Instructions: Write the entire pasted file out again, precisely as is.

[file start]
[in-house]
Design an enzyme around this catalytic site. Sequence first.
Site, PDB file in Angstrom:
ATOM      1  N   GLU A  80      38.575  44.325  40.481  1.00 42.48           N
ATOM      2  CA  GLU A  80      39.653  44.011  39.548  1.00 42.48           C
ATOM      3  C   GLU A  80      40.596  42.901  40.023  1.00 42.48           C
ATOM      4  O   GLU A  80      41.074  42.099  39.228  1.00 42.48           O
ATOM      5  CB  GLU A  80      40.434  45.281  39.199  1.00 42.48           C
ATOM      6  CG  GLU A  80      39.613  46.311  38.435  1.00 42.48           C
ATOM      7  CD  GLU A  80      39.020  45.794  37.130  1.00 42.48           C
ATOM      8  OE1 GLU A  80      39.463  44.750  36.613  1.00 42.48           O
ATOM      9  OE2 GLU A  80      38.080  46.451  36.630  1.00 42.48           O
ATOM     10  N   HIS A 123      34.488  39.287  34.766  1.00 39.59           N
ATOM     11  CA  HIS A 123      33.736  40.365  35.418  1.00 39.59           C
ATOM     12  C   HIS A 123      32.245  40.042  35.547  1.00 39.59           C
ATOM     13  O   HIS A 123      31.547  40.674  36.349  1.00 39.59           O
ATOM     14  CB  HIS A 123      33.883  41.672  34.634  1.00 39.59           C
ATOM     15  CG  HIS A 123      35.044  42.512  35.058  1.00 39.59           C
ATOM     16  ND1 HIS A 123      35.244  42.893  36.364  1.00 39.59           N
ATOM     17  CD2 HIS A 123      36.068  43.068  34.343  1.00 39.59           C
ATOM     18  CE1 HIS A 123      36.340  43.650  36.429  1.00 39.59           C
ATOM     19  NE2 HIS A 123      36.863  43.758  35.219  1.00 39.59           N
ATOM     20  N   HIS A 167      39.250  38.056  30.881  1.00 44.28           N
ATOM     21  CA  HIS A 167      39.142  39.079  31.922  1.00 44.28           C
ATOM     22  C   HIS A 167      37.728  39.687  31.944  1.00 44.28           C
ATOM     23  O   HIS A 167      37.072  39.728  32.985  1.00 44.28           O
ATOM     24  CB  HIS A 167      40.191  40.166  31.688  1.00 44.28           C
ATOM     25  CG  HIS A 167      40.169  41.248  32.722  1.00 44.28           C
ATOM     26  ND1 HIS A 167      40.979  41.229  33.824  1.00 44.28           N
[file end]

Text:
[in-house]
Design an enzyme around this catalytic site. Sequence first.
Site, PDB file in Angstrom:
ATOM      1  N   GLU A  80      38.575  44.325  40.481  1.00 42.48           N
ATOM      2  CA  GLU A  80      39.653  44.011  39.548  1.00 42.48           C
ATOM      3  C   GLU A  80      40.596  42.901  40.023  1.00 42.48           C
ATOM      4  O   GLU A  80      41.074  42.099  39.228  1.00 42.48           O
ATOM      5  CB  GLU A  80      40.434  45.281  39.199  1.00 42.48           C
ATOM      6  CG  GLU A  80      39.613  46.311  38.435  1.00 42.48           C
ATOM      7  CD  GLU A  80      39.020  45.794  37.130  1.00 42.48           C
ATOM      8  OE1 GLU A  80      39.463  44.750  36.613  1.00 42.48           O
ATOM      9  OE2 GLU A  80      38.080  46.451  36.630  1.00 42.48           O
ATOM     10  N   HIS A 123      34.488  39.287  34.766  1.00 39.59           N
ATOM     11  CA  HIS A 123      33.736  40.365  35.418  1.00 39.59           C
ATOM     12  C   HIS A 123      32.245  40.042  35.547  1.00 39.59           C
ATOM     13  O   HIS A 123      31.547  40.674  36.349  1.00 39.59           O
ATOM     14  CB  HIS A 123      33.883  41.672  34.634  1.00 39.59           C
ATOM     15  CG  HIS A 123      35.044  42.512  35.058  1.00 39.59           C
ATOM     16  ND1 HIS A 123      35.244  42.893  36.364  1.00 39.59           N
ATOM     17  CD2 HIS A 123      36.068  43.068  34.343  1.00 39.59           C
ATOM     18  CE1 HIS A 123      36.340  43.650  36.429  1.00 39.59           C
ATOM     19  NE2 HIS A 123      36.863  43.758  35.219  1.00 39.59           N
ATOM     20  N   HIS A 167      39.250  38.056  30.881  1.00 44.28           N
ATOM     21  CA  HIS A 167      39.142  39.079  31.922  1.00 44.28           C
ATOM     22  C   HIS A 167      37.728  39.687  31.944  1.00 44.28           C
ATOM     23  O   HIS A 167      37.072  39.728  32.985  1.00 44.28           O
ATOM     24  CB  HIS A 167      40.191  40.166  31.688  1.00 44.28           C
ATOM     25  CG  HIS A 167      40.169  41.248  32.722  1.00 44.28           C
ATOM     26  ND1 HIS A 167      40.979  41.229  33.824  1.00 44.28           N